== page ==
New Tanzania camp mixes safari with hands-on wildlife research

A new “citizen science” experience is launching in Tanzania’s Ruaha National Park, giving guests a chance to be part of a hands-on conservation experience.

The experience is part of the new Usangu Expedition Camp in the wild and uncharted Usangu wetlands of Ruaha National Park. The four-tent camp, which will open in June as part of the Asilia Africa portfolio, will be the first tourism operation in the area and offers guests the chance to be part of a hands-on conservation experience.

Working hand-in-hand with local conservation efforts to discourage poaching, uplift local communities and assist in collecting meaningful scientific data, the camp will play a pivotal role in protecting the wetland area.

Reimagining the safari

“We are reimagining the traditional safari with the hope of giving
guests a deeper, hands-on conservation experience at the same time as
contributing meaningful scientific data to the research project,” said
Brandon Kemp, Asilia’s southern Tanzania director. “In order to
understand these vast wilderness areas that have not had a defined or
prolonged presence, we have launched a research-integrated safari. This
is an opportunity for our guests to engage with Tanzanian researchers in
our quest to better understand the area.”

Guests at Usangu Expedition Camp can join the research team to on expeditions in the bush.

Usangu Expedition Camp sits on the banks of the wetlands, at the heart of a 2,300-square-mile wilderness — an area roughly the size of Luxembourg. The only camp for almost 60 miles, guests can explore this game-rich wilderness on foot, on game drives and on canoeing and boating safaris. This is an area where herds of roan and sable graze and wild dogs hunt along riverbanks. Hundreds of ostriches congregate in a way that is not often seen elsewhere in Africa. Thousands of migratory bird species pass through the wetlands as well as unidentified amphibians, still waiting to be catalogued by scientists.

With only four tents, the camp will offer an exclusive experience. Every booking will receive its own private guide and vehicle, enabling guests to tailor their activities to their own personal interests. For the truly wild at heart, guests can embark on a sleep-out experience in the Usangu Star Cubes. These innovative cube tents allow for 270-degree views of the African night sky.

Tanzania: ‘Amazing … but under threat’

This pioneering conservation project is the latest initiative in what is now a six-year partnership between Asilia and British businessman Jim Ratcliffe, founder and chairman of Ineos, a global chemical firm that has been investing in renewable energy.

“Southern Tanzania is an amazing place, but it is under threat,” Ratcliffe said. “The creation of a sustainable and ecologically friendly safari tourism business will both protect the wildlife and help the people of this amazing region. I believe in sustainable conservation and know that the only way to ensure the long-term survival of unique and vulnerable habitats like those in northern Iceland and southern Tanzania are through projects like these, which protect the animals, preserve the environment and help the local community.”

Usangu Expedition Camp is part of an ambitious program to understand the health of the Usangu ecosystem and what lives there. Guests at the camp can join the resident researchers from the Douglas Bell Eco Research Station and truly participate in citizen science.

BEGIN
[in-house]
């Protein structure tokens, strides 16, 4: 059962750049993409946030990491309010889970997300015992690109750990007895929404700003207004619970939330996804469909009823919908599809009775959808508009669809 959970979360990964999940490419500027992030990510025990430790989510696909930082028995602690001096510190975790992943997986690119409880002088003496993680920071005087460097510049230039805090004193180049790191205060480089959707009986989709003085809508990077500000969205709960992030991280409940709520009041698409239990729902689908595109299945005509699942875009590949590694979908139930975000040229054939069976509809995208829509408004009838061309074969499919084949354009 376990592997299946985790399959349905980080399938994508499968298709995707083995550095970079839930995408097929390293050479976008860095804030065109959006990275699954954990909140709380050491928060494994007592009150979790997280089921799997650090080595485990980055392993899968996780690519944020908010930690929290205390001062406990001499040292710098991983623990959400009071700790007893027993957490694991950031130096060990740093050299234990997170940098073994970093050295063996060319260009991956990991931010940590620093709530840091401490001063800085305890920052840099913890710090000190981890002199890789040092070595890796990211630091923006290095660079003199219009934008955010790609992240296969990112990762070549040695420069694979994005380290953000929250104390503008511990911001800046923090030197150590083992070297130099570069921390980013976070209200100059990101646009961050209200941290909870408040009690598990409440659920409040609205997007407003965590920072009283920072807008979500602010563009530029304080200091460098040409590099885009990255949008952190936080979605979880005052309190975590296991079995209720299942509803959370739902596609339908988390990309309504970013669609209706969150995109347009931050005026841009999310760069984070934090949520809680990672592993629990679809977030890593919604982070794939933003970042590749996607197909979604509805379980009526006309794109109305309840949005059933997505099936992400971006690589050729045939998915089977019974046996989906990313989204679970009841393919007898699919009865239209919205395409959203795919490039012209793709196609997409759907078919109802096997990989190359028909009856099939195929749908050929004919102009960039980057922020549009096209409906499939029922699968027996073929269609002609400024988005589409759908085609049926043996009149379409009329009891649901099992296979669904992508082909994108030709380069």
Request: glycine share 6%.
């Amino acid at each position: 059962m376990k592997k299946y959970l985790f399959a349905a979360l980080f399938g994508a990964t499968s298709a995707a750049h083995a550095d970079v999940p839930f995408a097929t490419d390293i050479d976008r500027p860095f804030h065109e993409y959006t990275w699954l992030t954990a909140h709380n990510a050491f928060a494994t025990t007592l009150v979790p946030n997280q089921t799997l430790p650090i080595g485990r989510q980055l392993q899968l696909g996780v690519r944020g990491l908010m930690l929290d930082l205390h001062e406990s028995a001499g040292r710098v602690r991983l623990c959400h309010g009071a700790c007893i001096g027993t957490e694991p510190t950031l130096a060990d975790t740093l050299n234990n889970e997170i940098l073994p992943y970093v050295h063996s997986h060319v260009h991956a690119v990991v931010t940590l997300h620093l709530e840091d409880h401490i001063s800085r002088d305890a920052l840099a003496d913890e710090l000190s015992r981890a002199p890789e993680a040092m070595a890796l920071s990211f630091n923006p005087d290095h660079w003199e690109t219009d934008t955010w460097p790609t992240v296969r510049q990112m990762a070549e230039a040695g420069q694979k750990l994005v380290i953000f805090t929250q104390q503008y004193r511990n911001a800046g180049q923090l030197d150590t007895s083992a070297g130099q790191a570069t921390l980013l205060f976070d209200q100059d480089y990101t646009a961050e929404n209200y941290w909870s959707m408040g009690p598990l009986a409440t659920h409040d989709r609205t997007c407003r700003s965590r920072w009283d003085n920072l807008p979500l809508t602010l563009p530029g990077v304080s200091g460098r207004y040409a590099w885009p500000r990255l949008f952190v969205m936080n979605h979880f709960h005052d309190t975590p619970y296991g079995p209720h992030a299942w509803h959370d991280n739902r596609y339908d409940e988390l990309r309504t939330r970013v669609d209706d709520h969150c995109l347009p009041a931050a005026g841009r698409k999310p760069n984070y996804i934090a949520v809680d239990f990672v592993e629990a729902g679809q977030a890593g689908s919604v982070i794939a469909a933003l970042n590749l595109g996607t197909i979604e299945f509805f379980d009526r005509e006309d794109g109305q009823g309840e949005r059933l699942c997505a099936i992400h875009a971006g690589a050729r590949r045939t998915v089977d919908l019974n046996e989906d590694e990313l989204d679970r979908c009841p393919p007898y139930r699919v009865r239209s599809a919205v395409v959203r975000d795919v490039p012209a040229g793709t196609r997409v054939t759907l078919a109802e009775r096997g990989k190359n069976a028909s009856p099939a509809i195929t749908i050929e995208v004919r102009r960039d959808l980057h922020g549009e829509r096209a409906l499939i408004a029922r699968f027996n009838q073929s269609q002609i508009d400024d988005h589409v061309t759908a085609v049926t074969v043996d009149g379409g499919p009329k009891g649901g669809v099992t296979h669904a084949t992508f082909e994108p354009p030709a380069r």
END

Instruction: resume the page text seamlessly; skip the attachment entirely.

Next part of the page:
Guests will get a camera trap — a camera that is automatically triggered by activity in its vicinity — for the duration of their stay (one per couple/tent). The camera can be placed in and around camp and check what animals have visited the camp during the night.

A rendering of one of the tents at the Usangu Expedition Camp, set to open in June.

For an in-depth understanding of the role camera traps play in wildlife audits, guests will also have the opportunity to help researchers collect camera traps farther afield and upload the images to the Predator ID Hub at the research station. They can then work with the researcher to ID the individual predators recorded or possibly identify a new individual. Equally important is tracking the research subjects fitted with GPS collars such as sable and roan antelope and recording their movements.

For an additional donation, guests will have the opportunity to join the research team in a wildlife collaring expedition as they track, dart and collar lions, leopards, elephants and wild dogs as well as a variety of antelope species.

The Usangu Wetlands are an area of critical conservation importance. They are the source of the Great Ruaha River, the lifeblood of southeastern Tanzania. The river provides water to Ruaha National Park, then joins the Kilombero River to create the Rufiji Delta, which is at the heart of Nyerere National Park. The water is not just essential to the wilderness and wildlife but is also the water source for the communities along its watercourse. Despite its importance, the area was an unprotected hunting reserve for almost 100 years until it was added into Ruaha National Park in 2006.

“Despite the uncertainties Covid-19 has brought, we remain committed to our mission to empower Africa’s wilderness areas,” said Jeroen Harderwijk, co-founder and CEO of Asilia. “We have long understood the importance of the wetlands, not just as a wilderness area of conservation importance but as the lifeblood of the great Ruaha River — and all that rely on it for survival. Creating a tourism presence in Usangu is the best chance we have for protecting wildlife and uplifting communities, and at Asilia, we have a proven track record in achieving this in East Africa. This project will show that wild areas do have value and importance and that their protection is an essential tool in economic development.”

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